It’s OK if ‘my brain made me do it’: People’s intuitions about free will and neuroscientific prediction

Cognition 133 (2):502-516 (2014)
Eddy Nahmias
Georgia State University
Jason Shepard
Agnes Scott College
In recent years, a number of prominent scientists have argued that free will is an illusion, appealing to evidence demonstrating that information about brain activity can be used to predict behavior before people are aware of having made a decision. These scientists claim that the possibility of perfect prediction based on neural information challenges the ordinary understanding of free will. In this paper we provide evidence suggesting that most people do not view the possibility of neuro-prediction as a threat to free will unless it also raises concerns about manipulation of the agent’s behavior. In Experiment 1 two scenarios described future brain imaging technology that allows perfect prediction of decisions and actions based on earlier neural activity, and this possibility did not undermine most people’s attributions of free will or responsibility, except in the scenario that also allowed manipulation. In Experiment 2 the scenarios increased the salience of the physicalist implications of neuro-prediction, while in Experiment 3 the scenarios suggested dualism, with perfect prediction by mindreaders. The patterns of results for these two experiments were similar to the results in Experiment 1, suggesting that participants do not understand free will to require specific metaphysical conditions regarding the mind–body relation. Most people seem to understand free will in a way that is not threatened by perfect prediction based on neural information, suggesting that they believe that just because “my brain made me do it,” that does not mean that I didn’t do it of my own free will.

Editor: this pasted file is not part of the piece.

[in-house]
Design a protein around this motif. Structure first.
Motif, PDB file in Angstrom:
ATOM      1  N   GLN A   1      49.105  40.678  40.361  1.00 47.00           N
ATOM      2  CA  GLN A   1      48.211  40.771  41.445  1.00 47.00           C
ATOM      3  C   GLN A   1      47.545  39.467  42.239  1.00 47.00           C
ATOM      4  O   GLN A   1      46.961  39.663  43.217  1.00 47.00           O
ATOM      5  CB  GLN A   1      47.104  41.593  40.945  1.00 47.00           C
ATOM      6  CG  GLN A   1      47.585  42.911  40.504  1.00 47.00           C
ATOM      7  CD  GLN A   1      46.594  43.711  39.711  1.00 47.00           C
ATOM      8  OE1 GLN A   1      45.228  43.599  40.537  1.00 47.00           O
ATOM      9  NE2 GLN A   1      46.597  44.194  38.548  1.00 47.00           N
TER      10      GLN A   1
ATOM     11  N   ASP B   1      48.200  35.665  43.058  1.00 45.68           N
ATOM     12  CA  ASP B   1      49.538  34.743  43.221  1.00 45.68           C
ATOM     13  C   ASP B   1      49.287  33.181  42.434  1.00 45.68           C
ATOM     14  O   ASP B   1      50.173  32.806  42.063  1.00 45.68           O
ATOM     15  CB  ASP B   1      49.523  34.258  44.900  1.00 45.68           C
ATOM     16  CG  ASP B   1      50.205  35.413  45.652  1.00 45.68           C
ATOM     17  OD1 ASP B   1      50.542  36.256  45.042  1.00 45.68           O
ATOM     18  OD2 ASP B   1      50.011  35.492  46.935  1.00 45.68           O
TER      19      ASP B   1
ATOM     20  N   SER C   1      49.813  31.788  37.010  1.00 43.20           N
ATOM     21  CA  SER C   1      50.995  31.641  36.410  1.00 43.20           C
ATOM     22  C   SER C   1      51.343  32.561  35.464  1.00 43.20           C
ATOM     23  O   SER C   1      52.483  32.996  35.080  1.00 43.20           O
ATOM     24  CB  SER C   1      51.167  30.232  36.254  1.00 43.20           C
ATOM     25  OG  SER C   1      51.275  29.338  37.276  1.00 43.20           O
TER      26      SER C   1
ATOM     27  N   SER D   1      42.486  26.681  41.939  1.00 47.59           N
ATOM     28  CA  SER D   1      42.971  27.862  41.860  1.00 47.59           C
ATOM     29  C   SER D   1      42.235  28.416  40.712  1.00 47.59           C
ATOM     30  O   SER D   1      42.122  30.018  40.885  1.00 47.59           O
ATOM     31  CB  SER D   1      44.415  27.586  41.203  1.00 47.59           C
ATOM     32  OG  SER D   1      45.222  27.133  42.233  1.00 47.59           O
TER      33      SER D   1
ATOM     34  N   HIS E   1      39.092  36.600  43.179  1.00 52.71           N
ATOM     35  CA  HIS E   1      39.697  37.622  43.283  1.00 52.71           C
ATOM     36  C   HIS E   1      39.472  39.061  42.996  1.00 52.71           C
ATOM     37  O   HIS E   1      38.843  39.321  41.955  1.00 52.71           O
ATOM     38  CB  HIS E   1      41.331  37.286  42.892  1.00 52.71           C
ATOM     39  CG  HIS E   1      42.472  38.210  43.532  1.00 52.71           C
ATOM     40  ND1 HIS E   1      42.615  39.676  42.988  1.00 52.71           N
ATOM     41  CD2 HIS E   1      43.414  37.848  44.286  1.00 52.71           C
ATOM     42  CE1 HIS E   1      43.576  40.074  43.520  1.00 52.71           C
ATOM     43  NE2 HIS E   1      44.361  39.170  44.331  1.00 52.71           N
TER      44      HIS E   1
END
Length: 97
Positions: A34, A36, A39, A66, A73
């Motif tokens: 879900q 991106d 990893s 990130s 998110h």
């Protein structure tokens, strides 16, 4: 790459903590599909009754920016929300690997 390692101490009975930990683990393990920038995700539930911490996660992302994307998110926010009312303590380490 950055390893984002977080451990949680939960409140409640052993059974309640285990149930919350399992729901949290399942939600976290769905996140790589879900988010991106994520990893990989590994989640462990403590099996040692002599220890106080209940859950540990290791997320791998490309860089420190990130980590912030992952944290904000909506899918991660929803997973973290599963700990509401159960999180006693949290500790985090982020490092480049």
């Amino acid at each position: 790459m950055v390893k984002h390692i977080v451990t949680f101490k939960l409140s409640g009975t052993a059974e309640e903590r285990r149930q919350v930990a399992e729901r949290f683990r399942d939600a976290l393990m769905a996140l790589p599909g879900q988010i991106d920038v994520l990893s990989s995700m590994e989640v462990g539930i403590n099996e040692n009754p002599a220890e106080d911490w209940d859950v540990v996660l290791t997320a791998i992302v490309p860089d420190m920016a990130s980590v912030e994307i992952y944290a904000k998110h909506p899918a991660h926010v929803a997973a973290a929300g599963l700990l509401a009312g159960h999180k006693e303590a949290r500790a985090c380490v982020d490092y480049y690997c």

Keywords free will  neuroscience
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DOI 10.1016/j.cognition.2014.07.009
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References found in this work BETA

What Do Philosophers Believe?David Bourget & David J. Chalmers - 2014 - Philosophical Studies 170 (3):465-500.
Freedom of the Will and the Concept of a Person.Harry G. Frankfurt - 1971 - Journal of Philosophy 68 (1):5-20.
Explaining Away Incompatibilist Intuitions.Dylan Murray & Eddy Nahmias - 2014 - Philosophy and Phenomenological Research 88 (2):434-467.

View all 16 references / Add more references

Citations of this work BETA

Pragmatic Neuroethics: Lived Experiences as a Source of Moral Knowledge.Gabriela Pavarini & Ilina Singh - 2018 - Cambridge Quarterly of Healthcare Ethics 27 (4):578-589.

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